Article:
The western states and provinces of North America have seen a large increase in forest fires over the past several years. The Pacific Northwest, California coast, and BC Interior have seen a five-fold increase in forest fires, lasting five times as long and burning through six times as much land area since the 1980s. These fires cause tens of billions of dollars in combined damage and can affect people for hundreds to thousands of miles downwind.
About half of these fires are caused by lightning and half by humans (careless campfire usage, littering cigarette butts). Climate change and global warming are contributing to the increase by providing more persistent hot, dry, windy weather. Rising temperatures also result in more pollen released from plants and longer allergy seasons. This makes summer in affected areas more dangerous for those at risk of asthma, those with heart or lung conditions, and for the very young and very old.
Basic Air Quality Safety Tips
Check pollution and pollen levels as well as air quality and forest fire smoke advisories. Local state, provincial, and city governments often provide daily forecasts and updates online. Don’t exercise outdoors when smoke or pollution levels are high. Drink plenty of fluids. Stay indoors when levels are very high, especially young children and the elderly. When dealing with forest fire smoke, keep windows and doors closed, close fresh-air intakes from furnaces, fireplaces, and stoves. Set air conditioning to recirculate and keep it running to help filter the air. Some air purifiers (high-efficiency particulate air (HEPA) filters) can reduce particulates from smoke in the air, but they tend to be quite expensive. If you must venture outdoors, dust and surgical masks are not effective in filtering out the tiny particulates in smoke. Only respirator masks rated N95 or P100 can filter these out. Consider visiting a shopping or community center that has air-conditioned, filtered air.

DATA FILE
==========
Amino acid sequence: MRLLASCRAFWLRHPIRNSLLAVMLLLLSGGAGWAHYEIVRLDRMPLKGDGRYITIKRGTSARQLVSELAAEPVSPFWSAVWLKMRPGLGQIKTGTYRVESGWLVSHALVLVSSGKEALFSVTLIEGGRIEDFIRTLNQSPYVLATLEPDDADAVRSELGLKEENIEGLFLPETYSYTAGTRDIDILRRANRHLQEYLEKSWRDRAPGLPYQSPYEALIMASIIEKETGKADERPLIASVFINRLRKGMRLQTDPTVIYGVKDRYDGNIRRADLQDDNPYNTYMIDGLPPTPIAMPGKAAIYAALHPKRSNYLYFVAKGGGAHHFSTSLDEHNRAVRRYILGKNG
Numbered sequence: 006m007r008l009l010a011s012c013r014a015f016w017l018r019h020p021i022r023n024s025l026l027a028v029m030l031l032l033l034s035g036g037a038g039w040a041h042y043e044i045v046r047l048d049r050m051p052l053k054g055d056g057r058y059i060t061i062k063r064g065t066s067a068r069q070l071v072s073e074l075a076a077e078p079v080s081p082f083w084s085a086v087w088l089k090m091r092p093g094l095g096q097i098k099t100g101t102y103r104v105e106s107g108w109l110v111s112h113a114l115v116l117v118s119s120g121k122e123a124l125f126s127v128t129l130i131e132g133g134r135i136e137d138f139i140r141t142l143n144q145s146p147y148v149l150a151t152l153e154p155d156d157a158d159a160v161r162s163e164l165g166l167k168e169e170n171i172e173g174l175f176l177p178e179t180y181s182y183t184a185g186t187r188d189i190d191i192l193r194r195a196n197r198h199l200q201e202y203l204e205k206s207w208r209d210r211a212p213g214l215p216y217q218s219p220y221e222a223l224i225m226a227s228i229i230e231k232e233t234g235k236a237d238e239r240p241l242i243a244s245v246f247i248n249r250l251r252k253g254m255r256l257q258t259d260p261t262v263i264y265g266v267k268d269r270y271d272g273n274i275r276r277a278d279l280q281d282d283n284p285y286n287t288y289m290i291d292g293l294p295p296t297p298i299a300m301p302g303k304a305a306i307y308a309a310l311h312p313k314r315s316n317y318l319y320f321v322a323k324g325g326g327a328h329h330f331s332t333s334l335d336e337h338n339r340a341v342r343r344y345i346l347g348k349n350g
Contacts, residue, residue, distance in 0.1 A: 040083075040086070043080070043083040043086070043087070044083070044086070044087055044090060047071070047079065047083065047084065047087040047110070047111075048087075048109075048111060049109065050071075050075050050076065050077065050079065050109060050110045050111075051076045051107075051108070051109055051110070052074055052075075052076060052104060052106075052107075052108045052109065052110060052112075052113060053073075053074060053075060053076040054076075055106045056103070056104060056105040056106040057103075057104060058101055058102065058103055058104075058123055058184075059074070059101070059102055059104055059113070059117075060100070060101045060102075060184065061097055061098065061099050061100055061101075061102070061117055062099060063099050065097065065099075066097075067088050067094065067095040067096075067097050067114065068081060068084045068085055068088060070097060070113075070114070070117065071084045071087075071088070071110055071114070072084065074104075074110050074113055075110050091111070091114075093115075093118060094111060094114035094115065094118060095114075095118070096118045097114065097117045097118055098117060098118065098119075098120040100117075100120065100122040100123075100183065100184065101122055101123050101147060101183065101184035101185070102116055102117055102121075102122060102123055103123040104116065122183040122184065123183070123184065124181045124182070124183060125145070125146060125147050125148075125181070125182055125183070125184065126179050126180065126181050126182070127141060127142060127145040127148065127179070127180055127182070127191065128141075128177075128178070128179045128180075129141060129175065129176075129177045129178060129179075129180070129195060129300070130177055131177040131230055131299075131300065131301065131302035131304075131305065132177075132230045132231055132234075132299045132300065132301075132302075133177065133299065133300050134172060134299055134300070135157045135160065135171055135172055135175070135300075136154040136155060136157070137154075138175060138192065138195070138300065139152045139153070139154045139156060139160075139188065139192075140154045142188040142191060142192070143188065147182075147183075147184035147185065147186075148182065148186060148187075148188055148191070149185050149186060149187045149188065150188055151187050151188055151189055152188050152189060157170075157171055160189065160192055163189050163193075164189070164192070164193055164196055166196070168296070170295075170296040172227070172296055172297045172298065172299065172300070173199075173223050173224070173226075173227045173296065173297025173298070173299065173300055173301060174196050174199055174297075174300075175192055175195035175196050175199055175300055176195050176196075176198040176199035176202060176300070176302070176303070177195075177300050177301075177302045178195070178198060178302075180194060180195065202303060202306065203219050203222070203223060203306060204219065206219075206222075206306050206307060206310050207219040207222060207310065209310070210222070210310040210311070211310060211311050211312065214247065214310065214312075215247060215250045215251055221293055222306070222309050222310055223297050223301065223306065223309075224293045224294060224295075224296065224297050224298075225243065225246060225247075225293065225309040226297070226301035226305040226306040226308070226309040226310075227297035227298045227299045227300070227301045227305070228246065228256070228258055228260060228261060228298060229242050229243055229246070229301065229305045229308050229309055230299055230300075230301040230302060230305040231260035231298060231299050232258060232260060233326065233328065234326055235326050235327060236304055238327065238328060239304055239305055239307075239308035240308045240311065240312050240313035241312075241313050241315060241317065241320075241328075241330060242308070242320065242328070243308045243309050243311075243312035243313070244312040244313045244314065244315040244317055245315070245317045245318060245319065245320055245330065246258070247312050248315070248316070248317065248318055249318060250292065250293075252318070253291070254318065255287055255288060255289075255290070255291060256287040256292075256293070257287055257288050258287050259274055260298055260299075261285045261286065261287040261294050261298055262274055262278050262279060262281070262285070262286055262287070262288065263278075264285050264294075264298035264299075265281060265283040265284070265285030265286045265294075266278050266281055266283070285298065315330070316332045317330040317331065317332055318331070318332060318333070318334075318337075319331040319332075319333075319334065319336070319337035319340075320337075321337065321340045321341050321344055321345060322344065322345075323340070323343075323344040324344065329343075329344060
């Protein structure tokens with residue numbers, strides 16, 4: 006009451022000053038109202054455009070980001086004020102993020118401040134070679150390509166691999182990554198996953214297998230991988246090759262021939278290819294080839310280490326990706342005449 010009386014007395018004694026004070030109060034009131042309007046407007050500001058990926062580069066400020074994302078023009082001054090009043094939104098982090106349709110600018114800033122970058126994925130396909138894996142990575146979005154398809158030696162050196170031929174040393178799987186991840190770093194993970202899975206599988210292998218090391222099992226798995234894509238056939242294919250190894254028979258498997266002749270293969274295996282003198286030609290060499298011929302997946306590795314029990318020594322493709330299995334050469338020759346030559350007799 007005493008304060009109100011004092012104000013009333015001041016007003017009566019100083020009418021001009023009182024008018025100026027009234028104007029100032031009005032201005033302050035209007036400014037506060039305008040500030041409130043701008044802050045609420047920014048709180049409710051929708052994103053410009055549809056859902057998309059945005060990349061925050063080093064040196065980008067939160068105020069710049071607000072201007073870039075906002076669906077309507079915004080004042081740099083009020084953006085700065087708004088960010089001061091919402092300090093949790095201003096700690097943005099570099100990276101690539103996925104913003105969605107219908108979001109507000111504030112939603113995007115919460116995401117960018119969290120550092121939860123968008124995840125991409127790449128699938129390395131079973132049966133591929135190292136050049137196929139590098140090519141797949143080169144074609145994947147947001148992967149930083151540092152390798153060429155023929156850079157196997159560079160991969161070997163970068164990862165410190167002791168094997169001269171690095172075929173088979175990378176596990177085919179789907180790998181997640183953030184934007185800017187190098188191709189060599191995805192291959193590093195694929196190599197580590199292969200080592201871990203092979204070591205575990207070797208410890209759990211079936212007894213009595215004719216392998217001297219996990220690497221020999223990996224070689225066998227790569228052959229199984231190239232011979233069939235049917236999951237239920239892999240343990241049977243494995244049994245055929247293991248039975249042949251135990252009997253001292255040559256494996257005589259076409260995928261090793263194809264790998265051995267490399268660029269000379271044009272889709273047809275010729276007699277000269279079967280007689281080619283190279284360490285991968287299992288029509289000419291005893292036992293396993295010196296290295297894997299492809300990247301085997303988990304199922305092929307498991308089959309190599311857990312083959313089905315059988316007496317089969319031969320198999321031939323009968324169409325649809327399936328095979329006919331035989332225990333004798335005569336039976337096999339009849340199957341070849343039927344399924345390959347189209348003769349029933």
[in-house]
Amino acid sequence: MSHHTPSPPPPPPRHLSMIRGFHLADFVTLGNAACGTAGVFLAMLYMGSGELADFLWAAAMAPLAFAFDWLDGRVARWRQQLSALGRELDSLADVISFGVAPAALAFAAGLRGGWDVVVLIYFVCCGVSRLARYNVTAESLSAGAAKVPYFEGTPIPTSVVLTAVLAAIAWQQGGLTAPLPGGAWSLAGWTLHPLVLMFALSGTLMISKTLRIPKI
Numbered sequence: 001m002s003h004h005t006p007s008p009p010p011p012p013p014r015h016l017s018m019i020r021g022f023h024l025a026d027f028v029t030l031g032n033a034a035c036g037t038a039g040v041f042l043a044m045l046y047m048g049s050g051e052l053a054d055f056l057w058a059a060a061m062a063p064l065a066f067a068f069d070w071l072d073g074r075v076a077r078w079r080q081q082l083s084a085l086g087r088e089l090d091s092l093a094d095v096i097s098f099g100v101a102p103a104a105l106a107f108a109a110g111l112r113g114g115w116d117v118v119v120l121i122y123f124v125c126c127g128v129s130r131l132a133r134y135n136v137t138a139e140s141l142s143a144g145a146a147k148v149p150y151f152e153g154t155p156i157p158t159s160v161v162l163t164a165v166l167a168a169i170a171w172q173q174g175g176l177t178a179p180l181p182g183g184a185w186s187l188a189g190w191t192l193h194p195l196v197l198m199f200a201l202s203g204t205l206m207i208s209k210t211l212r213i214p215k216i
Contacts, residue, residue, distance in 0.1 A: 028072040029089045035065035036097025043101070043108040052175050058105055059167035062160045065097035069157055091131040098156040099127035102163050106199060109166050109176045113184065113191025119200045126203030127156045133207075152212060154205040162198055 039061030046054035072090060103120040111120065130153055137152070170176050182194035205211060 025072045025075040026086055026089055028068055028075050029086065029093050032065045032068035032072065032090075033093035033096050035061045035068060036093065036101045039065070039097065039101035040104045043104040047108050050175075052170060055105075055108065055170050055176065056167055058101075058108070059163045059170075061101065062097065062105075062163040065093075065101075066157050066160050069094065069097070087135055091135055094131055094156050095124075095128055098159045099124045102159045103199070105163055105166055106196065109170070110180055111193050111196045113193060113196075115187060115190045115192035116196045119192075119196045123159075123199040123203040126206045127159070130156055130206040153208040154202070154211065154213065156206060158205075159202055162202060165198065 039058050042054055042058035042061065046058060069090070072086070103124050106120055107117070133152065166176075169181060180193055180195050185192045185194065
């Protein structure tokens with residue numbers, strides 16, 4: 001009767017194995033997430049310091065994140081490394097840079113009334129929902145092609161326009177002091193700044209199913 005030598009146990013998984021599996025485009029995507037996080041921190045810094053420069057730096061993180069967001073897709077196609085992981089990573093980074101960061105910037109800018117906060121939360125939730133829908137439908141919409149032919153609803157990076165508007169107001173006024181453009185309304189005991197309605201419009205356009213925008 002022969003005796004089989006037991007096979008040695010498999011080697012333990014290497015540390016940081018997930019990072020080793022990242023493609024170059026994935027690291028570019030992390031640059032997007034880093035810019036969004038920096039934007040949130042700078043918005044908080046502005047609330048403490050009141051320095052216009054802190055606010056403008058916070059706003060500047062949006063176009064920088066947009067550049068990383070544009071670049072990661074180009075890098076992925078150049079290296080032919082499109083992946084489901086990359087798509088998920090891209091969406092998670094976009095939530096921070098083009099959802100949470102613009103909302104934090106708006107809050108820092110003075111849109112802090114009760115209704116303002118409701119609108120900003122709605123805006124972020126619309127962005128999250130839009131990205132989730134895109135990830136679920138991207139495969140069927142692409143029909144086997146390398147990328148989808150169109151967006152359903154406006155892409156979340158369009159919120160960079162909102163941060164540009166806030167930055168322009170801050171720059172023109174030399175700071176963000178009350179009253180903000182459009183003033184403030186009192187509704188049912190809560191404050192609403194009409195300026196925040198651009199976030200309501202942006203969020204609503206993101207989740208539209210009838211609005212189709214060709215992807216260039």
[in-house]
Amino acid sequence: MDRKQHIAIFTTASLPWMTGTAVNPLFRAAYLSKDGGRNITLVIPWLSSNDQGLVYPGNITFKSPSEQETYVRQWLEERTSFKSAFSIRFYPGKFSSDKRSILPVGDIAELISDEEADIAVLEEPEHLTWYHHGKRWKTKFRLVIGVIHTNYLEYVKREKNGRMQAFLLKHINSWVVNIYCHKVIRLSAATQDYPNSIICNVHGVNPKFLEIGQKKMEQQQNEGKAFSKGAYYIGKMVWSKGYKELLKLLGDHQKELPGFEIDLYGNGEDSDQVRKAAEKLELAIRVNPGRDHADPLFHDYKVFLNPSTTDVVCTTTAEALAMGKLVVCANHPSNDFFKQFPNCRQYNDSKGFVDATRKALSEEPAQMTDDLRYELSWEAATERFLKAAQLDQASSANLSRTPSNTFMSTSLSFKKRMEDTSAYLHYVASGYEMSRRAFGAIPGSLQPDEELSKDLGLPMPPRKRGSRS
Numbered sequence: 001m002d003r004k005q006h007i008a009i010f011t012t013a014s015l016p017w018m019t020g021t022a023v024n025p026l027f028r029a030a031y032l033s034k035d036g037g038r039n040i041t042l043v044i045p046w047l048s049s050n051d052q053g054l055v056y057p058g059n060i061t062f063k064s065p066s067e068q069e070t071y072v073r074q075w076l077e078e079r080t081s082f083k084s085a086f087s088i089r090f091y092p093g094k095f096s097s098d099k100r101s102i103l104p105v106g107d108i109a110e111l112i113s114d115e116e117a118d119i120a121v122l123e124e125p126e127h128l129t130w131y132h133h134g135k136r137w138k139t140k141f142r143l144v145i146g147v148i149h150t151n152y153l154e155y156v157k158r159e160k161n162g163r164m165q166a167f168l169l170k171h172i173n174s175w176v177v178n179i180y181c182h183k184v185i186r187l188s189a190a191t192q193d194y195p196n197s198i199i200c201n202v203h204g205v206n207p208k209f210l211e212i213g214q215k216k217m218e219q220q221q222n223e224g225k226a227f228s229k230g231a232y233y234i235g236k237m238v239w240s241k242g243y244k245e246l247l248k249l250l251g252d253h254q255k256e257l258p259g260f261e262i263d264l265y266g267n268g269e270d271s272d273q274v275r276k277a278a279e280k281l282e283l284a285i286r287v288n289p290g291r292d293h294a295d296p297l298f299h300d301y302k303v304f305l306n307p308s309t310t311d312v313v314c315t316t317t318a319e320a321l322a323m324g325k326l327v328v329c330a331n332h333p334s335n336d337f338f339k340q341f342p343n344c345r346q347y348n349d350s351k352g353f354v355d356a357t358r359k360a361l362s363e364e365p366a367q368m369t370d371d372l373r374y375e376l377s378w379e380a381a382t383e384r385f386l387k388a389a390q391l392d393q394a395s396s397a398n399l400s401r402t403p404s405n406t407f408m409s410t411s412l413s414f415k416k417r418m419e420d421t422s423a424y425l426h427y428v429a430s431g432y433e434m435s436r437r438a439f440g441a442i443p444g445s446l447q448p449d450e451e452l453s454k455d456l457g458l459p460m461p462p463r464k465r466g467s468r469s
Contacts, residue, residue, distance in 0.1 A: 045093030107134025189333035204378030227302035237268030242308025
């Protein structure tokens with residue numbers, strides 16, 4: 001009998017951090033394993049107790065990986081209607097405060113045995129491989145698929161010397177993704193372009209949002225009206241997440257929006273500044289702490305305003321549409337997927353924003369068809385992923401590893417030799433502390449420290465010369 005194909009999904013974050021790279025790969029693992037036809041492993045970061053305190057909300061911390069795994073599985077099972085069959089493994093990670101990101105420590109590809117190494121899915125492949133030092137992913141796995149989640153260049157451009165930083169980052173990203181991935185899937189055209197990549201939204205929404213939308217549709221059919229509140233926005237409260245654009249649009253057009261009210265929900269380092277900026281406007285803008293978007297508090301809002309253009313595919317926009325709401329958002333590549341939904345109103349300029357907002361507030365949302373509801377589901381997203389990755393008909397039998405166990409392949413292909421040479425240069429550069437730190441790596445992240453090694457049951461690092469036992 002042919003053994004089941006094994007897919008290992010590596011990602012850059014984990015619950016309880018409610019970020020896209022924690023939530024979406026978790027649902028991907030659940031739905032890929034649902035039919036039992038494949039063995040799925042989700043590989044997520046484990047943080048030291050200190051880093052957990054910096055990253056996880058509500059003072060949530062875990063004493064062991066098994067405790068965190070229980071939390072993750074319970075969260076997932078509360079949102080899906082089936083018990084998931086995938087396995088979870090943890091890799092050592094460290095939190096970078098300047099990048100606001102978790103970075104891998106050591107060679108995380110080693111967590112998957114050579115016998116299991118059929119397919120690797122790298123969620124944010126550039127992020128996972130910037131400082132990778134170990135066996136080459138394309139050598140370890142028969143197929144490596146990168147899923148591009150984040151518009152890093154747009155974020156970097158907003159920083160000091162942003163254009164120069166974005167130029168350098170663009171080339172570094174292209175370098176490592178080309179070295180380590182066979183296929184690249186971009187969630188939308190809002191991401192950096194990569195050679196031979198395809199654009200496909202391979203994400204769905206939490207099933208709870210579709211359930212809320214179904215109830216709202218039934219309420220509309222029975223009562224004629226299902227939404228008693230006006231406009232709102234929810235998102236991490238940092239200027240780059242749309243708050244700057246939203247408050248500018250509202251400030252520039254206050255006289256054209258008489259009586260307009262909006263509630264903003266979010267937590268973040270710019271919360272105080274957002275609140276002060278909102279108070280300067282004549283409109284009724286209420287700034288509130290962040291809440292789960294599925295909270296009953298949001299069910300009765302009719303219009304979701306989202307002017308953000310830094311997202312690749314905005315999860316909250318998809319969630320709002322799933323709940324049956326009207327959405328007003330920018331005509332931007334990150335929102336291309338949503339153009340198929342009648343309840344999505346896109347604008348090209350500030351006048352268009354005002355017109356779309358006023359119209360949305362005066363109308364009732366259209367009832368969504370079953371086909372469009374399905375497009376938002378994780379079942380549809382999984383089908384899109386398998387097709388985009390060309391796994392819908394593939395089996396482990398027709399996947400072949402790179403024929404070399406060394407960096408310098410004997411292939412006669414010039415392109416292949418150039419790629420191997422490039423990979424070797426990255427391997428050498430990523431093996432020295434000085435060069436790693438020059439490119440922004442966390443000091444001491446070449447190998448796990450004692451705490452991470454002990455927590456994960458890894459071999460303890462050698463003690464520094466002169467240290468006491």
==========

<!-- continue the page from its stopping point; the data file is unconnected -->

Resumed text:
Smoke particulates and gases can damage and irritate the respiratory and cardiovascular systems. Long term, they may increase the risk of certain cancers. Normally, cilia, tiny hairs in your airways, and mucus, help trap particulates and coughing helps expel them. The ciliary motion moves the mucus and particles upwards, so they can be expelled or swallowed (known as the mucociliary elevator). Toxic chemicals in smoke from forest fires can increase mucus secretion and thicken it. This leads to mucus being more difficult to clear and decreases cilia numbers and their effectiveness in clearing it. It also causes inflammation in the airways.
To support your respiratory system health, certain herbs in liquid form can be used. Expectorant herbs can help soothe and relax airways to open them up and relieve shortness of breath, liquefy mucus, and stimulate the cough reflex and mucociliary clearance to remove excess, stubborn mucus.
Respir·Essence is a liquid herbal tonic with stimulating and relaxing expectorants. Stimulating ones like elecampane and cowslip primrose help to liquefy stubborn phlegm and encourage a productive cough to remove it. Relaxing expectorants like licorice, thyme, and plantain help to prevent bronchial spasms, loosen mucous secretions, soothe dry cough, and generally relax and open the airways for easier breathing. Nettle has astringent properties and traditionally has been used for seasonal allergy complaints. It’s good to keep several bottles of Respir·Essence on hand during spring and summer just in case you need that kind of respiratory support throughout allergy and wildfire season. Stay safe out there!
Robert Dadd is a Master Herbalist (Dominion Herbal College) with a BA in Communications from Simon Fraser University. His areas of research include adaptogens, probiotics, and essential fatty acids. He is currently the Product Information Supervisor for Flora Manufacturing and Distributing.